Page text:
Operantics takes a fun, fresh approach to Mozart

11705274_10207116839469089_6963824447309596521_nThe Independent Theatre in North Sydney last night rang to the sound of impressive operatic voices, as the newly formed company Operantics debuted its first production: a hilarious, modern Australian—but Italian-language—version of Cosi fan tutte.

At half the cost of the usual low-priced tickets, this Preview was absurdly good value for money. The set was sparse and the costumes low-budget but both were highly effective among the elegant art deco colonnades of the Independent, suggesting a “café in Balmain, 2015” and later a Vaucluse mansion, home to the young socialite sisters Fiordiligi (soprano Joelene Griffith) and Dorabella (soprano Katie Miller-Crispe, who is also the show’s producer). The girls are in love with their respective fiancées, friends Guglielmo (bass-baritone Tristan Entwistle) and Ferrando (tenor Dave Smith), who have just finished their military training.

When their friend Don Alfonso (played as a flamboyantly gay modern-day Mephistopheles by baritone Ian Warwick) bets with the scoffing lads that their fiancées could easily be unfaithful given the chance, the three men hatch a plan to test the girls, with the disguised boys each attempting to seduce their friend’s fiancée. The disguises themselves have to be seen to be believed. I’m sure Da Ponte never wrote “I don’t know if they’re hipsters or homeless” for the girls to sing when the disguised boys appear, but such liberties with the libretto have never been more hilariously apt. While there were some opening-night issues with the surtitles, the translations to modern Australian English were excellently done.

Director Victoria Watson, who sat laughing and conducting in the front row throughout, has done a wonderful job of updating Mozart’s beloved 1790 opera to a modern local setting. In an interesting directorial move, the performers toy with breaking the fourth wall: Entwistle reproaches the ladies in the audience with “Donne mie, la fate a tanti“; Griffith conducts the sisters’ initial duet, and both girls interact playfully with the pianist Nathaniel Kong. Kong’s occasional difficulties last night with page turns through a long and difficult solo piano score were overcome by his technical excellence, light touch and cheery, adorable on-stage persona.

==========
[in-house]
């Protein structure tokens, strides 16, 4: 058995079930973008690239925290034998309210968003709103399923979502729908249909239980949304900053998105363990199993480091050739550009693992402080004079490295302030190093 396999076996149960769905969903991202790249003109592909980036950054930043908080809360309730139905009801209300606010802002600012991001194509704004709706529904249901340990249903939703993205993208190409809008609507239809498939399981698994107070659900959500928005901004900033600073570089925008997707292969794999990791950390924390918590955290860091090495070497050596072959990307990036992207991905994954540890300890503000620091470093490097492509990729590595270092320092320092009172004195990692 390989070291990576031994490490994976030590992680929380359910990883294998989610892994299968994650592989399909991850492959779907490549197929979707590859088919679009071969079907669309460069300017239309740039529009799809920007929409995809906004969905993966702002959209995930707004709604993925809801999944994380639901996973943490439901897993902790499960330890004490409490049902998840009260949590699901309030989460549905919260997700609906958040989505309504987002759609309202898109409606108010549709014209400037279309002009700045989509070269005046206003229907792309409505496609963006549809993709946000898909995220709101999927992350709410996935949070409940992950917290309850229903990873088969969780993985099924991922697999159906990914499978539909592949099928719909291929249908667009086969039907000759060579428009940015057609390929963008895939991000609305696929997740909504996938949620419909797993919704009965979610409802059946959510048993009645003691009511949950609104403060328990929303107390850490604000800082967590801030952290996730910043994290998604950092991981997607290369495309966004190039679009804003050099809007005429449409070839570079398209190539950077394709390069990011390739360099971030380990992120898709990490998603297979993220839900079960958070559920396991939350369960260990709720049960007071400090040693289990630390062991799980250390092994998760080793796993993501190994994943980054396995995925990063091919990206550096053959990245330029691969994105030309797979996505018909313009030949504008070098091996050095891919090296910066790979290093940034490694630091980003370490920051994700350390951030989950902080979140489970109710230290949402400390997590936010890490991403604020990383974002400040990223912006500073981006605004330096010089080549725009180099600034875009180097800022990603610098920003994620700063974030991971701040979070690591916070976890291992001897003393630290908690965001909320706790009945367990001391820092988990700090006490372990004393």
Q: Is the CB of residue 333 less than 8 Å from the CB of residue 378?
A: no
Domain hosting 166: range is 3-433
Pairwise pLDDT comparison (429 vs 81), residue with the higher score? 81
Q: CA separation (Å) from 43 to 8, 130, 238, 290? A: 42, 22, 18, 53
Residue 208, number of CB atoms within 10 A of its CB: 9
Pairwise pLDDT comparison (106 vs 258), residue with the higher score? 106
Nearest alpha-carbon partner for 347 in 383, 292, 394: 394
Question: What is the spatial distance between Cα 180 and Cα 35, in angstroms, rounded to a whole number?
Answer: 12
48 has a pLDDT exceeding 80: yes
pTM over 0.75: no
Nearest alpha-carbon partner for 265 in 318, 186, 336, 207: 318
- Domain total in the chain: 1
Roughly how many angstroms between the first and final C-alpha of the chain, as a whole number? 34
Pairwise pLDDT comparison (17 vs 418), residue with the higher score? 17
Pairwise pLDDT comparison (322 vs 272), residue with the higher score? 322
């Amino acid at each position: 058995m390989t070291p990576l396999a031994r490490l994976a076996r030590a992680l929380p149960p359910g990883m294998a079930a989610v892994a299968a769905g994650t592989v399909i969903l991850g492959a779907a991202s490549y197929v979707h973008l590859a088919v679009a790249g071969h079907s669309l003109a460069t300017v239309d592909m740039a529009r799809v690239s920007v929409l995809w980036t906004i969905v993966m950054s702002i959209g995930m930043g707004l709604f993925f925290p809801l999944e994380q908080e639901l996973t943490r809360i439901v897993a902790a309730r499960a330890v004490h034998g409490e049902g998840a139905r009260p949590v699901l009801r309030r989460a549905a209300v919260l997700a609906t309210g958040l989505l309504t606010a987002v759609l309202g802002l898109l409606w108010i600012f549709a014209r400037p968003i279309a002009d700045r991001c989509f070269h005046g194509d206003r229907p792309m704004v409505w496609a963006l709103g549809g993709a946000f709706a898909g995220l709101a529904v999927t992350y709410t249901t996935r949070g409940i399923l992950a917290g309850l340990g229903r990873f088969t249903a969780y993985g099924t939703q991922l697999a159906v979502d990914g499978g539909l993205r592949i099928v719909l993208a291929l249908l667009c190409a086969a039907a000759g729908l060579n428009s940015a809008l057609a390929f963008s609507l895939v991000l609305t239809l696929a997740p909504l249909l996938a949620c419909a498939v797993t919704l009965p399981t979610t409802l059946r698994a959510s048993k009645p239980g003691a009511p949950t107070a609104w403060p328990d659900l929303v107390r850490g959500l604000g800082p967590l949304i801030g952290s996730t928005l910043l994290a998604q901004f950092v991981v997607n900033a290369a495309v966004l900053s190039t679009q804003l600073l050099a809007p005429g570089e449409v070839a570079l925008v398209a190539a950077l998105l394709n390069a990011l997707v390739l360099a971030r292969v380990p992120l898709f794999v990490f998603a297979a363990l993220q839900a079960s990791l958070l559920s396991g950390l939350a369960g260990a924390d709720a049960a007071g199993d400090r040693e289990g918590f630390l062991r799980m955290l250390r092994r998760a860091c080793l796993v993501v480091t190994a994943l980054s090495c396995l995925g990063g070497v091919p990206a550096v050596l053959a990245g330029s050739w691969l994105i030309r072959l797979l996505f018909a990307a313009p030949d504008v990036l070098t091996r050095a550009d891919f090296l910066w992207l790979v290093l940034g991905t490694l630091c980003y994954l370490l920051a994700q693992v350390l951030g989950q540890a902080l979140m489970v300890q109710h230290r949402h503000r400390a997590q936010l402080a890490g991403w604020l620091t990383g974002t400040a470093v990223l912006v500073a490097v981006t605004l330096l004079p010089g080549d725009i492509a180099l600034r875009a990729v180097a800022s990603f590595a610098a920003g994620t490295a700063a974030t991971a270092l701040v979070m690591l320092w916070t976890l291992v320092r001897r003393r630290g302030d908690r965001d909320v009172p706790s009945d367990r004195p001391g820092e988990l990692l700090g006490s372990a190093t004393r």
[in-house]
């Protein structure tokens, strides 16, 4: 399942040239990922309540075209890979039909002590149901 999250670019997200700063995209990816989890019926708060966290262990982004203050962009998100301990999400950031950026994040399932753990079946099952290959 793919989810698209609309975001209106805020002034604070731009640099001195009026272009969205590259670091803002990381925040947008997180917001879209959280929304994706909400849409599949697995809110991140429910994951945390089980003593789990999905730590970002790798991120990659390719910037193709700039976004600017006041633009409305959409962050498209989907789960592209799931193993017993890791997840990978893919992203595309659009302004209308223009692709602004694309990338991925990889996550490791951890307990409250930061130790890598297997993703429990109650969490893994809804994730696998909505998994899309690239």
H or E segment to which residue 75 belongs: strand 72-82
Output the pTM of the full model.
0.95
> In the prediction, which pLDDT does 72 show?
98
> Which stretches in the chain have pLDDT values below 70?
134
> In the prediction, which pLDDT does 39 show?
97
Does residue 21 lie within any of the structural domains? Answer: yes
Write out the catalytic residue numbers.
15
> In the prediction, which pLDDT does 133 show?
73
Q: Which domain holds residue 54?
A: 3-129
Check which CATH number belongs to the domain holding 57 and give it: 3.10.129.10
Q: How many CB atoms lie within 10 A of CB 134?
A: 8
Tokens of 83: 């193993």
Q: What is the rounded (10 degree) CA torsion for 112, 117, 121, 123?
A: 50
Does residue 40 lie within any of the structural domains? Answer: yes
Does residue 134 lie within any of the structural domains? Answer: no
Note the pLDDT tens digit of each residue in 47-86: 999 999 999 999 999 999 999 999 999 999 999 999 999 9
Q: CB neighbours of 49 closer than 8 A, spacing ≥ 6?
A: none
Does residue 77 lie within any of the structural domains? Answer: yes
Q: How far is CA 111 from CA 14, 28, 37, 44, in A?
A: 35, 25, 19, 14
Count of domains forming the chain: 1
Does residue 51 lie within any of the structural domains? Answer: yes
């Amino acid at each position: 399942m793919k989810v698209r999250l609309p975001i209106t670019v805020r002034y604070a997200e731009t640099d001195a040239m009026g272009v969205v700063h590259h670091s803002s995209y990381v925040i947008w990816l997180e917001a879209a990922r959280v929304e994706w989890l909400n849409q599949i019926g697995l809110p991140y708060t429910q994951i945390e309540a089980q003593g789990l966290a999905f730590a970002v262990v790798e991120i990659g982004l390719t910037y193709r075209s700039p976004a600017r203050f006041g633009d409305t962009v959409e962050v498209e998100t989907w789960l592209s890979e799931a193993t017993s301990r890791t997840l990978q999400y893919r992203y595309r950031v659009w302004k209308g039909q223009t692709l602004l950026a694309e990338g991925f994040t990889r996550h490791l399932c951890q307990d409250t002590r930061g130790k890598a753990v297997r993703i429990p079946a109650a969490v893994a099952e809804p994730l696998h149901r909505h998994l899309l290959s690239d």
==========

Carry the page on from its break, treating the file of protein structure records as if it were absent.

Despite some initial first-night nerves, all the roles were played and sung with aplomb and this promises to only get better during the show’s run. Griffith’s vocal ability impresses in particular with Fiordiligi’s dazzling coloratura, especially in “Come scoglio“, in which the soprano’s ringing top and easy agility across the registers is on full display. The rich-voiced Entwistle also stood out as a highly charismatic performer, really hamming it up with a ridiculous fake moustache, tufts of hair through a backwards cap and OTT pelvic thrusts as he seduces Dorabella. The young soprano Samanta Lestavel is as perkily delightful a Despina as one could wish for. Like Entwistle, she stands out with a promising combination of vocal technique and a pleasant timbre, with adaptable dramatic and comic skills. Admittedly though, this is true of the entire cast.

The audience at the preview was notably younger than typical audiences at OA performances, in line with the average age of the cast. This suggests that perhaps there is a younger audience in Sydney for opera… if only ticket prices could always be as affordable as this! I hope the fledgling Operantics is able to reap financial rewards enough so that we will see many more productions from this talented team. This Cosi is a wonderfully enjoyable night out and a great opportunity to experience the opera stars of tomorrow. Four stars. ****

Tickets for performances this Saturday at 7 pm and Sunday at 2 pm can be bought online: http://www.operantics.com.au/

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